Subtheme chairs Kevin Taylor (Univ. of Manchester), Kitty Milliken (Bureau of Economic Geology, Texas), Steve Sonnenberg (Colorado School of Mines), Patricio Desjardins (Shell), Sam Hudson (Brigham Young University)

The development of novel analysis techniques, both bulk and spatially resolved, coupled with the drive towards better understanding of unconventional reservoirs, has resulted in a recent growth of knowledge in the style of diagenesis, and impact of this upon reservoir quality, in clastic systems. Within conventional reservoirs, mineral dissolution and precipitation/replacement has a major control on pore-space and pore-networks; upon the reactivity with production fluids; and impacts IOR/EOR processes, as well as CO2 injection and storage. In unconventional reservoirs diagenesis plays a major role in pore-evolution and can be the major control on the geomechanical and petrophysical properties of the reservoir. We solicit contributions using outcrop and sub-surface data sets, which contribute to our understanding of this important field.

Proposed sessions are, (but not limited to)::
– diagenetic controls on porosity and geomechanics of unconventional reservoirs
– new insights into reservoir quality evolution
– fluid-rock interactions in clastic reservoirs: from diagenesis to production

6. Using AI to Unlock Problems in Sedimentary Geoscience (Joint with Theme 9: Energy Innovation)
Subtheme chairs Laura Banfield (BP), Eirik Larsen (Earth Analytics), Brendon Hall (Enthought), and Matt Hall (Agile)

The development of artificial intelligence (AI), data analytics, machine-learning, and especially deep learning technology has disrupted several domains such as social media, language translation, computer vision, and bioinformatics. Can AI have a similar impact on petroleum geoscience, and in particular on geologic and stratigraphic problems? In this session we aim to explore the state of the art in AI for geoscience, what problems the community is currently addressing, and what the future of AI-assisted petroleum geoscience may be. The session will be followed up with an “unsession” where participants will debate key questions related to application of AI in petroleum geoscience.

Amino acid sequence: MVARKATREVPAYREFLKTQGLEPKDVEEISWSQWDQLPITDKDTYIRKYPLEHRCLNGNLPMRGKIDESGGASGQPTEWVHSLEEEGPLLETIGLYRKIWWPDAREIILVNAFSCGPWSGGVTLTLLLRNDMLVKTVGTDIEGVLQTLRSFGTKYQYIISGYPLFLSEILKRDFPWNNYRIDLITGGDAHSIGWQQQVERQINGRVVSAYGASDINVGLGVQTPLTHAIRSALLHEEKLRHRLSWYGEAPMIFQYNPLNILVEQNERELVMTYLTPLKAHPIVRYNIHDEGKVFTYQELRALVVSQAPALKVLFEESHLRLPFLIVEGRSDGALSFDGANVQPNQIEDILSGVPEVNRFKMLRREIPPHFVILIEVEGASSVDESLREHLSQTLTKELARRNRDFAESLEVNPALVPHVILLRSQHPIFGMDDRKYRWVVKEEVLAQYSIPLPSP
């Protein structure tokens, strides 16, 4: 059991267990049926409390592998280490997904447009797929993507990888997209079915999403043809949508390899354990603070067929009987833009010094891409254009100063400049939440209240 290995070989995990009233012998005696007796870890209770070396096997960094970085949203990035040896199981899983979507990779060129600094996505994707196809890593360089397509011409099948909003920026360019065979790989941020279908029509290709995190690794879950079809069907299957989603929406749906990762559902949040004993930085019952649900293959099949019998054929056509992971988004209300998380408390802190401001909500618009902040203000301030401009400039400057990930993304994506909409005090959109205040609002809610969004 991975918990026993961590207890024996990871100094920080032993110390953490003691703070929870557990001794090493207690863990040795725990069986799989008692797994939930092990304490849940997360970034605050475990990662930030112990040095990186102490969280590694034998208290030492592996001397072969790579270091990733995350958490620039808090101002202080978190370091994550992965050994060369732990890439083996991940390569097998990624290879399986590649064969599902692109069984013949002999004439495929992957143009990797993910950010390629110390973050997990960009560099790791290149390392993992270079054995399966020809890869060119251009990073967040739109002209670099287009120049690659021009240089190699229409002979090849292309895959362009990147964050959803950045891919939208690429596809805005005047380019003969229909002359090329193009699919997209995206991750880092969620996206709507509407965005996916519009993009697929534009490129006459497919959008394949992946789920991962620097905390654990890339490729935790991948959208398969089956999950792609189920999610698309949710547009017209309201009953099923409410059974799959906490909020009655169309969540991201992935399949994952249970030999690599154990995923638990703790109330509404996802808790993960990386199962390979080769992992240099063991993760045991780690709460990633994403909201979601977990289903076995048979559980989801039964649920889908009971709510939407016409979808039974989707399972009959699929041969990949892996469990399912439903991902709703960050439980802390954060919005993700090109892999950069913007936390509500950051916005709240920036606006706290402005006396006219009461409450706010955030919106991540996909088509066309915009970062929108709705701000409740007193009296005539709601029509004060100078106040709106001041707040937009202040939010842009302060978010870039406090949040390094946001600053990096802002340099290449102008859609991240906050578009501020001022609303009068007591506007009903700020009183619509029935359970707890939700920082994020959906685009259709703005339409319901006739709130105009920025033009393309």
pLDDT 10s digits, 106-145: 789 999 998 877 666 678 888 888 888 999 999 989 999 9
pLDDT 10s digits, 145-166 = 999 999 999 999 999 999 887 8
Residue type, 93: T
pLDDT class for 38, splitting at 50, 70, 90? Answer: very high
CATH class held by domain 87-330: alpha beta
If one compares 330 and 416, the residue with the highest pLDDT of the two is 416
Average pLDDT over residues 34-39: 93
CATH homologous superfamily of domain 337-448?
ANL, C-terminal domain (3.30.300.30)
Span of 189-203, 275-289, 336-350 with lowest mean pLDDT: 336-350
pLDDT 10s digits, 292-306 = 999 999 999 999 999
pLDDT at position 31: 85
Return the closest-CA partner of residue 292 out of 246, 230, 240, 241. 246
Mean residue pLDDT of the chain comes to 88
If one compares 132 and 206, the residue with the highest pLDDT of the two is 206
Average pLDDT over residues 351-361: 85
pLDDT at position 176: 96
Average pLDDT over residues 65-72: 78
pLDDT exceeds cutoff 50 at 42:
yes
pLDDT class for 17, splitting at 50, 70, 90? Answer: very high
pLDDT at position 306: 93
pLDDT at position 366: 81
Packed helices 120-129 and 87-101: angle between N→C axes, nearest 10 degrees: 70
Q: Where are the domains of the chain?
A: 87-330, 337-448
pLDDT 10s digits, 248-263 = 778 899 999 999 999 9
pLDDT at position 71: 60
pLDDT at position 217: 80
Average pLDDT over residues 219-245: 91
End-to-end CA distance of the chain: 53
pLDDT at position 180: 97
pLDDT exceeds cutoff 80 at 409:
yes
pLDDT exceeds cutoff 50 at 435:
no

Proposed sessions are:
– AI-assisted integration of large volumes of petrophysical, geophysical, and geological data.
– AI opportunities in reservoir quality studies to improve accuracy.
– AI-assisted lithology and fluid prediction to reduce risk.
– Increase efficiency with automated data analysis, enabling data-driven uncertainty analysis.
– AI techniques for seismic geomorphology and geobody classification.
– Integrated stratigraphic, sedimentological and rock-property predictions using wells, seismic data and AI.
– Knowledge transfer from AI innovations in other domains to petroleum geosciences.
– The evolving role of geoscientists in the applications of AI technology.

7. Capturing and evaluating the impact of sedimentologic heterogeneity in reservoir models (Joint with Theme 2: Carbonates and Evaporites)
Subtheme chairs Lisa Stright (Colorado State), Greg Hurd (Chevron), and Katy Sementelli (Hess)

Proposed sessions are:
– What really matters for capturing realistic heterogeneity in reservoir modeling: Algorithms, workflows and data integration
– Deterministic and Stochastic analogue data usage in subsurface modeling workflows
– Modeling and predicting the impact of multi-scale heterogeneity in unconventional, tight rock and fractured reservoirs